From the United Nations Office for the Coordination of Humanitarian Affairs, which predictably sounds much more helpful in French: Bureau de la Coordination des Affaires Humanitaires.
(I don’t have a link because it was emailed to me. Hat tip: Julianna.)
A worrisome increase in cases of meningitis has been reported in Burkina Faso, Mali, Niger, and Nigeria since the end of 2007. Several suspected cases of the disease have also been reported in other countries of the region. In Burkina Faso alone, some 297 cases, of which 52 were fatal, have been recorded within the first two weeks of January 2008.
Some eighteen countries of the Sub-Saharan Africa, extending from western Senegal to eastern Ethiopia, are particularly prone to epidemics of meningococcal meningitis, especially during the dry season. The meningococcal meningitis is the only form of bacterial meningitis which can evolve into an epidemic. Although infants are, in general, the group the most vulnerable to the disease, adolescents and young adults can also contract it when an epidemic strikes.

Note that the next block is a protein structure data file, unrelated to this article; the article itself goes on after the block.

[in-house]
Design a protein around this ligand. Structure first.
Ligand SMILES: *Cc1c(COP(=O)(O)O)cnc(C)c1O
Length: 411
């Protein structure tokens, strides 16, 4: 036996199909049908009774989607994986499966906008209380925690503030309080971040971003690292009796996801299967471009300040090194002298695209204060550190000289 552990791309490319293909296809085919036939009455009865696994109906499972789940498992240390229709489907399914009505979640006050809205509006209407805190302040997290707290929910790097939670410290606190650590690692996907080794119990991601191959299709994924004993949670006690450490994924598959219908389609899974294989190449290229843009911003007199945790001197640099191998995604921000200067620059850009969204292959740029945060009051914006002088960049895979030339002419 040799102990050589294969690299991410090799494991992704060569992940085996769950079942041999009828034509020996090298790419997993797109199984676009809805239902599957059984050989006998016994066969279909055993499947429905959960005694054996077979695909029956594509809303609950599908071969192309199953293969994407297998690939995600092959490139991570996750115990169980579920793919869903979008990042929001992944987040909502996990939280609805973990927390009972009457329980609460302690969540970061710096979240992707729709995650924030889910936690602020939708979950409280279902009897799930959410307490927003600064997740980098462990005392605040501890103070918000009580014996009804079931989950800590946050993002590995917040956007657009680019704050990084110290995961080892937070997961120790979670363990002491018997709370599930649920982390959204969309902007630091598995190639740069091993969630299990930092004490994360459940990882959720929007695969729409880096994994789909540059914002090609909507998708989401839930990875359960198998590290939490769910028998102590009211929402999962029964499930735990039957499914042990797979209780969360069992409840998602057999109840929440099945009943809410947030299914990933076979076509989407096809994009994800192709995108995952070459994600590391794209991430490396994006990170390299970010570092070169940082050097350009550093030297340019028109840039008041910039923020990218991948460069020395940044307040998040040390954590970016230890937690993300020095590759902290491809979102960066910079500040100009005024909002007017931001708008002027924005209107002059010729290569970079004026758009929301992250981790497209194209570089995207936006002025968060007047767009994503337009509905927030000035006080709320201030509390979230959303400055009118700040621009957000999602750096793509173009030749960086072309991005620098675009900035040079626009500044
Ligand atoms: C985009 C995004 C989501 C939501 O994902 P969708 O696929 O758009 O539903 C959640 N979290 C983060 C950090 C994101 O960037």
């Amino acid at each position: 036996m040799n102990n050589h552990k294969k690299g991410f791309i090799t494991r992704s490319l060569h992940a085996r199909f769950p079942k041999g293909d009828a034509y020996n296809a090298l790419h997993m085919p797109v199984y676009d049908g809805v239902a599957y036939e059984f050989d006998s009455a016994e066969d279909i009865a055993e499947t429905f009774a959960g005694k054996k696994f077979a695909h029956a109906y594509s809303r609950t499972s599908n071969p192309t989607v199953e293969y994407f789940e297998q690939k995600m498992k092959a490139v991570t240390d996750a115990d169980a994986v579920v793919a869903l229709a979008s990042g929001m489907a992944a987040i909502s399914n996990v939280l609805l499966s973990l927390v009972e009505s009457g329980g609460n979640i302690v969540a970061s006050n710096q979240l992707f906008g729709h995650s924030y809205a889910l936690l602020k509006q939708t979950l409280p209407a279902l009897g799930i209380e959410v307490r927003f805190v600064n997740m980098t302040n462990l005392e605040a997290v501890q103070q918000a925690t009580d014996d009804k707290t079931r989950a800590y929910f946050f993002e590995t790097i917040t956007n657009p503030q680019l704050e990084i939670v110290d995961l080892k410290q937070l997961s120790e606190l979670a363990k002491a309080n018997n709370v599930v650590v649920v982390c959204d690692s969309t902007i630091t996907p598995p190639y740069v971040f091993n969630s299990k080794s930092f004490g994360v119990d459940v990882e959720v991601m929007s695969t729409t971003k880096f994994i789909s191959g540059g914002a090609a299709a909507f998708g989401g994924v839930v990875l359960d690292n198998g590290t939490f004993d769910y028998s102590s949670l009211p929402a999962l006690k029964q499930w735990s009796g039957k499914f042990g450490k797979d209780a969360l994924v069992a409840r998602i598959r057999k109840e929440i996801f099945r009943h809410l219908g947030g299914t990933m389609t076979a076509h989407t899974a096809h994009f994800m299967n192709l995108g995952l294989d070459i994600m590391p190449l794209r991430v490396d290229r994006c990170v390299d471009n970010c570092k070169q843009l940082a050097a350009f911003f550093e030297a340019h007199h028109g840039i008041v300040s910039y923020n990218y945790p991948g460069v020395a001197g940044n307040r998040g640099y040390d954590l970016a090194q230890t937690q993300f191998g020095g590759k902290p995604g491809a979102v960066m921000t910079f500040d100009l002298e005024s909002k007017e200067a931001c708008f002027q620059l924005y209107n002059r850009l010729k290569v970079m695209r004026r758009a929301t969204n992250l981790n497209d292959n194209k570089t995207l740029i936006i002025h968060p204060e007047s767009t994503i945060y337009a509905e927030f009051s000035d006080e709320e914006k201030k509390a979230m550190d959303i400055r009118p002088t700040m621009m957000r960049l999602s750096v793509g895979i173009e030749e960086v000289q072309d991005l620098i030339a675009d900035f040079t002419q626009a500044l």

The World Health Organisation (WHO) has set emergency and epidemic thresholds at 5 cases per every 100,000 inhabitants and 10 cases per every 100,000 inhabitants per week within one health district respectively.
In 2007, West Africa was severely affected by an outbreak of respectively which resulted in deaths of some 2,000 people in 9 countries: Benin, Chad, Côte d’Ivoire, Ghana, Mali, Niger, Nigeria, Togo and Burkina Faso, where 75 % of fatal cases were recorded.